Doctoral Dissertations

Orcid ID

Date of Award


Degree Type


Degree Name

Doctor of Philosophy


Materials Science and Engineering

Major Professor

David Mandrus Dr.

Committee Members

David G. Mandrus Dr., Veerle M. Keppens Dr., Philip D. Rack Dr., Thomas Z. Ward Dr.


Moore’s Law, stating that the number of transistors that can fit on an integrated circuit should double every two years, stood strong for more than 50 years, but is now rapidly reaching its limits. In order to keep up with the need for ever-increasing computer power, focus is shifting towards new materials and technologies. Following the discovery of stable, atomically-thin graphene sheets in 2004, many materials composed of layered sheets have been (re)discovered with great potential to become the “new silicon”, including hexagonal boron nitride (h-BN), metal halides such as RuCl3, or metal chalcogenides MoS2 and CrGeTe3. With the variety of compositions also comes a multitude of different material properties: from materials exhibiting a metal-insulator transition, to thermoelectrics, and even magnetic semiconductors.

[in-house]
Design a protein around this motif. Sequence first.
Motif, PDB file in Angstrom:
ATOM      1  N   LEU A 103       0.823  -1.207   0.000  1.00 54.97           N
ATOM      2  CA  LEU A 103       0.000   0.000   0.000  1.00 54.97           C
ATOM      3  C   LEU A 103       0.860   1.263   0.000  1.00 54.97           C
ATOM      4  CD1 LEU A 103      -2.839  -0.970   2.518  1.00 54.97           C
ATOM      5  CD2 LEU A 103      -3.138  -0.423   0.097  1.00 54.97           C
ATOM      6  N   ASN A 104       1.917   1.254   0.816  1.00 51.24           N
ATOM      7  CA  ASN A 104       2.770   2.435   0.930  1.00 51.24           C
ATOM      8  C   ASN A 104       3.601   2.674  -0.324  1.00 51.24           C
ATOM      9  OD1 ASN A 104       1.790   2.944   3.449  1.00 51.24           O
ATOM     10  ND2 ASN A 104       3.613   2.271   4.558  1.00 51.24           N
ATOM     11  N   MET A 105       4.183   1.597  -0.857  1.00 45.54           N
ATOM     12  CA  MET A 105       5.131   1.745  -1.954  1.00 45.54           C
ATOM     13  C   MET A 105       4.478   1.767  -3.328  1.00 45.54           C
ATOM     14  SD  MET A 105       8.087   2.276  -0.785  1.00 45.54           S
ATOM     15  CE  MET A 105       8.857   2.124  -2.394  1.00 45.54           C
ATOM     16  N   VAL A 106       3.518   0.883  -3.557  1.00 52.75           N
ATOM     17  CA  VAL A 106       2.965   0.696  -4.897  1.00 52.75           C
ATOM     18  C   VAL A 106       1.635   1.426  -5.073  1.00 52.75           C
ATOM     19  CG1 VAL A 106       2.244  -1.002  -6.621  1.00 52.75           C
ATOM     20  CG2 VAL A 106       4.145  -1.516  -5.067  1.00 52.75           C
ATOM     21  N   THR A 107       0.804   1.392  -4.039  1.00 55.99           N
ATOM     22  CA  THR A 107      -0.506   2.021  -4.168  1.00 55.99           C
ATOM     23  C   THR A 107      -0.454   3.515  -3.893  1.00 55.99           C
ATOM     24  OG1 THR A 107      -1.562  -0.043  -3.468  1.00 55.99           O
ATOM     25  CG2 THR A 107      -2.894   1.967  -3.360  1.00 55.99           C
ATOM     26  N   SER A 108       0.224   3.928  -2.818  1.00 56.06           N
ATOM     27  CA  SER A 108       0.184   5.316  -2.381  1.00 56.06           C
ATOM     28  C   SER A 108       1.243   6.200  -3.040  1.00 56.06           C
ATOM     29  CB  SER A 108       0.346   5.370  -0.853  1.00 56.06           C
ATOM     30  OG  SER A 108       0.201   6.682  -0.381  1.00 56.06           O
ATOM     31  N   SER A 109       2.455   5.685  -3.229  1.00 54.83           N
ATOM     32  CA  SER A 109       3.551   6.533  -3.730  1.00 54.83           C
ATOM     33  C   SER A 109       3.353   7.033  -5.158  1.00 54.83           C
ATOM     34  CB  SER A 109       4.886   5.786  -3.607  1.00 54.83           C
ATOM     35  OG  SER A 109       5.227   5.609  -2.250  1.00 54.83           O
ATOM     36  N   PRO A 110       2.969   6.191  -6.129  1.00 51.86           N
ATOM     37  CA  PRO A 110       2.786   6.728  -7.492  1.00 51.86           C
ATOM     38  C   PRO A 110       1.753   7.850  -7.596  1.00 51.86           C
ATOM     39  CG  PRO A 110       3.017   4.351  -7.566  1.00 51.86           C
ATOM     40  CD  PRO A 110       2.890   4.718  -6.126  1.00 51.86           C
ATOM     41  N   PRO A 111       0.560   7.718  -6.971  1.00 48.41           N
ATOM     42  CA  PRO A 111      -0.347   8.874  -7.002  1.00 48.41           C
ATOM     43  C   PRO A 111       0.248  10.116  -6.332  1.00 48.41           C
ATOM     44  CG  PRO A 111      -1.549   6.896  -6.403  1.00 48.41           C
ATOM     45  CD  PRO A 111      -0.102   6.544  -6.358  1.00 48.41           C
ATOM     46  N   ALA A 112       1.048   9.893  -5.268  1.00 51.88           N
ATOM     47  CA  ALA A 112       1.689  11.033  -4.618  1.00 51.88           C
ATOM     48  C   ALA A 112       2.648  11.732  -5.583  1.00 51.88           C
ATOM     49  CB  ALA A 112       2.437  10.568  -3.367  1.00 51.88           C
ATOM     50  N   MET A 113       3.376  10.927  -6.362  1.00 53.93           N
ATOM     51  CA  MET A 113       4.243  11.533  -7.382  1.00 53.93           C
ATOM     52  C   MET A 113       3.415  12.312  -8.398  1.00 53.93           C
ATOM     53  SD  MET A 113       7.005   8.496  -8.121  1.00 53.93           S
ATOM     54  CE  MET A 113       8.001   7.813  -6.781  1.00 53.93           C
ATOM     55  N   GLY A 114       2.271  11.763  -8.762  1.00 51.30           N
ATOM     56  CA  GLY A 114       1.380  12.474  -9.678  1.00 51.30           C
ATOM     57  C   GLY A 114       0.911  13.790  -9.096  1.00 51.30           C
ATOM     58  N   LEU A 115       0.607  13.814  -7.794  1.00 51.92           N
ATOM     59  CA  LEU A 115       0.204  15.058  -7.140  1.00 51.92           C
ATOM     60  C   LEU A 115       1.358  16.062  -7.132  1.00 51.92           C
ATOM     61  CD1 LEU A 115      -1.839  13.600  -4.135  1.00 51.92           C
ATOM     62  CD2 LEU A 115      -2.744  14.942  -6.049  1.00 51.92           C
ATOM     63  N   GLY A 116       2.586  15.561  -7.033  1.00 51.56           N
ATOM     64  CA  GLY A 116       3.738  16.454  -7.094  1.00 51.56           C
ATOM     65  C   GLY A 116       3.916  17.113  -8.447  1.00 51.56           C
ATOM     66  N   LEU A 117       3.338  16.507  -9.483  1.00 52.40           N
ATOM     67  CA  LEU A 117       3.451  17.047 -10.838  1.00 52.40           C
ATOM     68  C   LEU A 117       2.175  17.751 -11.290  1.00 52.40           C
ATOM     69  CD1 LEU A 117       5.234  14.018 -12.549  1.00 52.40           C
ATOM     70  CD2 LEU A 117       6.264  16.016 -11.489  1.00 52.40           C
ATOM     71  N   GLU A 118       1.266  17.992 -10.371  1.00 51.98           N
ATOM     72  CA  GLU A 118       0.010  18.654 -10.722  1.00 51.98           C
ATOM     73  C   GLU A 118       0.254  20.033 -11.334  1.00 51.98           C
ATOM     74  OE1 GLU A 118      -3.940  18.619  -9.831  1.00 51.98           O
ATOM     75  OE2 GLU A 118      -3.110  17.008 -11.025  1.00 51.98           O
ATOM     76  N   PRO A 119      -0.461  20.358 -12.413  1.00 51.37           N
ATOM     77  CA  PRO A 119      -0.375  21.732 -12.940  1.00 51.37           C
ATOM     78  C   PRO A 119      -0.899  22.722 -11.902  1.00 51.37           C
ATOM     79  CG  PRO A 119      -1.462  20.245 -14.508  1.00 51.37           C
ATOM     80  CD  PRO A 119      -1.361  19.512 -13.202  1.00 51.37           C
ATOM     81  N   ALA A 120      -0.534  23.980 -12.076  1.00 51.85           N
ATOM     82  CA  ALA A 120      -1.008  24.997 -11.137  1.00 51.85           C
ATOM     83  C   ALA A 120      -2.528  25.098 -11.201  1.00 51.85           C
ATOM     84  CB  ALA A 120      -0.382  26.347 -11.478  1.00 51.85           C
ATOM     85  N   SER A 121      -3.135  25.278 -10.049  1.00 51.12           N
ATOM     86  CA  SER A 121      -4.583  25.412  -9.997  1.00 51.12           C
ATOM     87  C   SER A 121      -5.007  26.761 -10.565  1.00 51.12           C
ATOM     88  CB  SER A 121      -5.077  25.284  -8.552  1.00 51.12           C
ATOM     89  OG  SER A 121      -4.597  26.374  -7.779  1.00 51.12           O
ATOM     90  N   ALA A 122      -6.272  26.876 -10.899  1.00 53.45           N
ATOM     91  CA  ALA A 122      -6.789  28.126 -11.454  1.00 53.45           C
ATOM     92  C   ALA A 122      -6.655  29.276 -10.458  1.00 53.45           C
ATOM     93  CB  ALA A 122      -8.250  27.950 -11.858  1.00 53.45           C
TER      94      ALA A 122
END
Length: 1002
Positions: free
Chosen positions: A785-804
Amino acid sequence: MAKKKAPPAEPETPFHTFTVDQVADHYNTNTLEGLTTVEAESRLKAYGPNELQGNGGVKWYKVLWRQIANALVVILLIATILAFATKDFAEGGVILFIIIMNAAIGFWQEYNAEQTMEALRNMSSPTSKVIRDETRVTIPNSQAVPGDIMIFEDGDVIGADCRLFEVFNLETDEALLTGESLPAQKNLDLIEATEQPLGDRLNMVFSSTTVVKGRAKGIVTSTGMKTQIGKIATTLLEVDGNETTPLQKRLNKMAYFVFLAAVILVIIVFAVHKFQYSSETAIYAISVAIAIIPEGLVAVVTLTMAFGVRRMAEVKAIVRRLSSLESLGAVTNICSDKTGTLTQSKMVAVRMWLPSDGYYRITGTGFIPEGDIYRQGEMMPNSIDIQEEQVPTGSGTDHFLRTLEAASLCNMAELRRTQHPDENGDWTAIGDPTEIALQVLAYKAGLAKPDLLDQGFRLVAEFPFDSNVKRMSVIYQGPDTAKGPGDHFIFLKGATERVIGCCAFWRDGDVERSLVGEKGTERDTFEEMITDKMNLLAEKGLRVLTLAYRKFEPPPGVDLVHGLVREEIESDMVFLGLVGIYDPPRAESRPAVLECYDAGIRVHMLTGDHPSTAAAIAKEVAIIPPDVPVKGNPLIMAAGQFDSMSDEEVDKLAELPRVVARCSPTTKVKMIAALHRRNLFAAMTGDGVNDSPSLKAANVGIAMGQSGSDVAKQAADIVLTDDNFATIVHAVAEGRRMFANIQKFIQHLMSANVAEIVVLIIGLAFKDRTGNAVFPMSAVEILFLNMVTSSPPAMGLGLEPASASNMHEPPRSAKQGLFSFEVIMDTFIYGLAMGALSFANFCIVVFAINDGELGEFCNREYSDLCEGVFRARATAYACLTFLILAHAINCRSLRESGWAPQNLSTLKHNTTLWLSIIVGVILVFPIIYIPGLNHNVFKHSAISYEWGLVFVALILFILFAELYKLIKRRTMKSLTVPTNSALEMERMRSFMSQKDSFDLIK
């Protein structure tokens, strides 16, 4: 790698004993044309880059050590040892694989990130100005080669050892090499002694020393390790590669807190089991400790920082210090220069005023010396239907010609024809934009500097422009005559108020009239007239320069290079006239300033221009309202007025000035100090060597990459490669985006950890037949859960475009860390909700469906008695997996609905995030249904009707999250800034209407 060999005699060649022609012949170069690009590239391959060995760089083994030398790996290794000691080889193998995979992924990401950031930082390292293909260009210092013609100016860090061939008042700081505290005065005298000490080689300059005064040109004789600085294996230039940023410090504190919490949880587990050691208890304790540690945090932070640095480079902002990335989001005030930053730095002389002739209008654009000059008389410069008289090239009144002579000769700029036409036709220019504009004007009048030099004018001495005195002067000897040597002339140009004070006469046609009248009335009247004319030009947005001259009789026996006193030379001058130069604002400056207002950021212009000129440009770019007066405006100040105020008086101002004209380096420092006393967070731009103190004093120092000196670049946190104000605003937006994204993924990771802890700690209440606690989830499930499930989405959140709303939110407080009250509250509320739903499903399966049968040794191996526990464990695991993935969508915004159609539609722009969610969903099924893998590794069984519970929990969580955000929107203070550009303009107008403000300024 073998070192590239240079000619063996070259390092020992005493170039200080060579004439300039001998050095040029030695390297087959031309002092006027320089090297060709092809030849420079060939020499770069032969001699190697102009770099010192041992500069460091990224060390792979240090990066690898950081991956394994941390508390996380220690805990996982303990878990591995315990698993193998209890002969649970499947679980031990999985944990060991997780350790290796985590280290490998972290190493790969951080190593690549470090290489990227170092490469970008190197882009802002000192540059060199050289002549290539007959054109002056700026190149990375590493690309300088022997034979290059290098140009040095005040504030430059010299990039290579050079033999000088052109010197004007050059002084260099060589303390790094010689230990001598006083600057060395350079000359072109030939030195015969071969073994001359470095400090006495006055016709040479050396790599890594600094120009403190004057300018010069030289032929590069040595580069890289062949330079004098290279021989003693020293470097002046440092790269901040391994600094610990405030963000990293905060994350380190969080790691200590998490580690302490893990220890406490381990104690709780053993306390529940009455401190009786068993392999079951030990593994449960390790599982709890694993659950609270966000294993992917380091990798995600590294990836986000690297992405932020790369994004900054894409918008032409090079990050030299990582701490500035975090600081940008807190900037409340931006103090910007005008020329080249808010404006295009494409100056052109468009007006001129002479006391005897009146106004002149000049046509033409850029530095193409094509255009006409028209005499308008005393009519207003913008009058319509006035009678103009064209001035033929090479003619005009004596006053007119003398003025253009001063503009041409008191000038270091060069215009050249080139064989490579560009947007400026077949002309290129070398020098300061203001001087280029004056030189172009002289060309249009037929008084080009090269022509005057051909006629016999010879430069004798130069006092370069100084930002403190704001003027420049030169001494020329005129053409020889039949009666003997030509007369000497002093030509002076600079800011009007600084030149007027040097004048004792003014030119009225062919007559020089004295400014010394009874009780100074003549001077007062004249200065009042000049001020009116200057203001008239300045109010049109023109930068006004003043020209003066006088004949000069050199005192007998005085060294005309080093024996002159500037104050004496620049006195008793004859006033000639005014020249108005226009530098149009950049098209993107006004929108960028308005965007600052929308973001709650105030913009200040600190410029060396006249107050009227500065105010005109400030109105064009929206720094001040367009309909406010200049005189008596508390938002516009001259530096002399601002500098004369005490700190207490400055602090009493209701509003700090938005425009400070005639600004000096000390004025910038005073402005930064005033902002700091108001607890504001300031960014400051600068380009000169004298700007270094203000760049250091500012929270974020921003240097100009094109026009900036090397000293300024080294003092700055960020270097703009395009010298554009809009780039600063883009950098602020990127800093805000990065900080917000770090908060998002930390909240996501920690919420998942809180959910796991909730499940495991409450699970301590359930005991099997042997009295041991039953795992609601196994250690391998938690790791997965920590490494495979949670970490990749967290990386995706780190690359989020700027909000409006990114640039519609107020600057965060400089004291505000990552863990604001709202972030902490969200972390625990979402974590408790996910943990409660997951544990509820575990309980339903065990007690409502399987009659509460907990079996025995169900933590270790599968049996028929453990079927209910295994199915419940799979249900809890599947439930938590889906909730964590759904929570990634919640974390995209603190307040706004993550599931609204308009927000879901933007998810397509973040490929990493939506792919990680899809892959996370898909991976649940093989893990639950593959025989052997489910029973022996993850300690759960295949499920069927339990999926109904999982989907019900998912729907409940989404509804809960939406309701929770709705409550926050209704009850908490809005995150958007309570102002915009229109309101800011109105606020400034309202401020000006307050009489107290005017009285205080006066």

The layers in these materials are considered quasi two-dimensional (2D), as they are just atoms thick and weakly bonded together. Although graphene does not have the required bandgap for transistor applications, with the discovery of a suitable material, devices could be made from an atomically thin layer. However, because the field of single layer materials is so new, there are many materials that have not been completely characterized, leaving their full potential for new applications still unknown.

One particular category of 2D materials that is promising but has much left to be explored is the family of MXY3 magnetic semiconductors, with M = Cr, Mn, Fe, Co, Ni; X = P, Si, Ge; and Y = S, Se, Te, along with CrPS4. While much is known about the materials’ magnetic and electronic behavior, thermal conductivity has only been partially characterized for CrGeTe3 and CrSiTe3. To better understand the behavior of this class of materials, single crystals of each material have been synthesized, characterized, and their in-plane thermal conductivity temperature dependence measured. By measuring one property across an entire class of vi materials, behavioral trends can be more easily analyzed and understood and perhaps applied to future layered materials. At the same time, important intrinsic material properties are being provided, which will be useful for future applications of these materials.

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